SFX Broadcasting is in negotiations to acquire Pace Entertainment, one of the leading promoters of concerts, legit and motor sport events. SFX, the radio conglom acquired in August by Dallas-based investment firm Hicks, Muse, Tate & Furst, will pay up $122 million for the transaction, according to sources.
If the deal closes, it will add to SFX’s ownership of several promoters in key markets across the country and strengthen SFX’s growing concerts arm.
The Houston-based Pace, whose assets include a one-third interest (with Sony and Blockbuster) in 14 concert venues and long-term management control of the houses, had also involved investment firm Wasserstein-Perella to locate companies with the requisite cash to purchase the operation.
Pace’s annual profits are estimated to be north of $18 million after taxes.
The sale is precipitated by the de-cision of the Becker family, which owns the company, to divest its interest in Pace. Alan Becker, CEO of Pace, is nearing retirement age, though his brothers Brian and Gary are also active in the business.
Leading the charge
SFX chairman Bob Sillerman — who is well-known on Wall Street for knowing when to get into an industry and, perhaps more importantly, when to get out — is leading the charge to purchase Pace. He bowed the 71-radio station SFX in 1993 and Hicks, Muse acquired it for $1.1 billion.
The move follows a yearlong at-tempt by Pace to locate an infusion of capital. The company had planned an initial public offering this year, but withdrew the plans and opted to seek a sale partially because Wall Street interest was deemed soft (Daily Vari-ety, June 30).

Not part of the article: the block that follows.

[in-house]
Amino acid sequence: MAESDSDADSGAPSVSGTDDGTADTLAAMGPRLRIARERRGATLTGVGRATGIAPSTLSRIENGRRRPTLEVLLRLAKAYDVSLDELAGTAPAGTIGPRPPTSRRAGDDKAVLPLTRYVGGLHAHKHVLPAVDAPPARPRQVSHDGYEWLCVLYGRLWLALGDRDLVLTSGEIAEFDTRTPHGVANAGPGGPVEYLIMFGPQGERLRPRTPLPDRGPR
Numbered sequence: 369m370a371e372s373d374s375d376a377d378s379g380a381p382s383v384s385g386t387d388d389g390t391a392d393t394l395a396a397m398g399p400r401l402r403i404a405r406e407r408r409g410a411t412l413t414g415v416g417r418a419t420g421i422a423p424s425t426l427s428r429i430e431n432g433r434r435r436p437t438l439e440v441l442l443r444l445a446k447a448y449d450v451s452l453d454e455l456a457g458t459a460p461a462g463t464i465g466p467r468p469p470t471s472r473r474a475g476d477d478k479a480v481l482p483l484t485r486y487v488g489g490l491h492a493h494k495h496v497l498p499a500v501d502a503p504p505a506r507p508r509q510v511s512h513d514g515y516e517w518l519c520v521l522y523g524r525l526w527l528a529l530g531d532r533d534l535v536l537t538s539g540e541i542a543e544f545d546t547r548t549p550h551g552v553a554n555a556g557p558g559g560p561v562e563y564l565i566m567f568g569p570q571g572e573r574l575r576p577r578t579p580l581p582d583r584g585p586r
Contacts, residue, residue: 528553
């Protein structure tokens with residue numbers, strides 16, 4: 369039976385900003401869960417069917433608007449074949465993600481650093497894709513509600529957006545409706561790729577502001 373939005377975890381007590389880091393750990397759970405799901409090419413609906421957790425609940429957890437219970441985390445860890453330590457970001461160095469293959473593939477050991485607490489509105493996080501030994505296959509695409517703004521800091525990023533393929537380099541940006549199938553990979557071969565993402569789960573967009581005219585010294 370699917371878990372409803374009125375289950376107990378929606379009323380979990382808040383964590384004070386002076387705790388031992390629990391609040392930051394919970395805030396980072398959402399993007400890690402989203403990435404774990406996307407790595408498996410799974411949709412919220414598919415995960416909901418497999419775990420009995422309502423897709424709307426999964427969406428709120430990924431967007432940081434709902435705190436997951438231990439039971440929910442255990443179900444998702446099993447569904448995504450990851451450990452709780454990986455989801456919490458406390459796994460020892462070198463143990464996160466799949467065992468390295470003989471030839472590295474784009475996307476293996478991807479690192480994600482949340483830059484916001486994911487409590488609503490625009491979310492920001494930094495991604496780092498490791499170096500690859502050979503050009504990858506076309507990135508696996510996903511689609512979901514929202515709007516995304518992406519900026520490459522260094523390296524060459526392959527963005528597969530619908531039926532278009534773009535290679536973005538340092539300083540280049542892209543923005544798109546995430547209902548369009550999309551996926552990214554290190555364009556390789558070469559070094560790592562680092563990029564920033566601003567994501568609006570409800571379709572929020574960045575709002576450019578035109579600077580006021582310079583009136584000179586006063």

Sources suggest Sillerman is also expected to acquire eventually the one-third interests of Sony and Blockbuster, the latter long expressing a desire to get out of the concert business.
In midst of due diligence
SFX execs are in the midst of doing due diligence, checking Pace’s books and valuing its assets. Sources said arbitrageurs Apollo Group, which recently pacted with Telemundo and Sony, were also interested in Pace.
It is not clear how the sale will af-fect Pace Theatrical Group, led by Miles Wilkin, which pacted with Jujamcyn in July to fund touring legit productions.
Sillerman acquired N.Y.-based concert promotion firm Delsener/Slater a year ago as part of a strategy to increase SFX’s contemporary music presence. Wall Streeters suggested Sillerman would likely build up Pace’s asset base for an eventual sale rather than a long-term holding.
But concert industry insiders note that Sillerman already has stakes in several concert promoters. He is said to be in talks with several others to bring them into the fold as part of a move to consolidate promoters in the nation’s key markets under one roof. So a long-term hold seems more likely than a quick sale.
Sillerman would benefit by owning a chain of promoters and venues: It would give acts and their reps one-stop shopping, as SFX promoters would be able to book acts with one deal for all venues and top competing offers with its clout.
Among Pace’s holdings are the Blockbuster Pavilion in San Ber-nardino and its flagship venue, the Blockbuster-Sony Music Entertain-ment Centre in Camden, N.J. It also is one of the top promoters of motor sports and backs such family fare as the Rugrats live touring show through its New York-based theatrical group.
None of the parties involved would comment.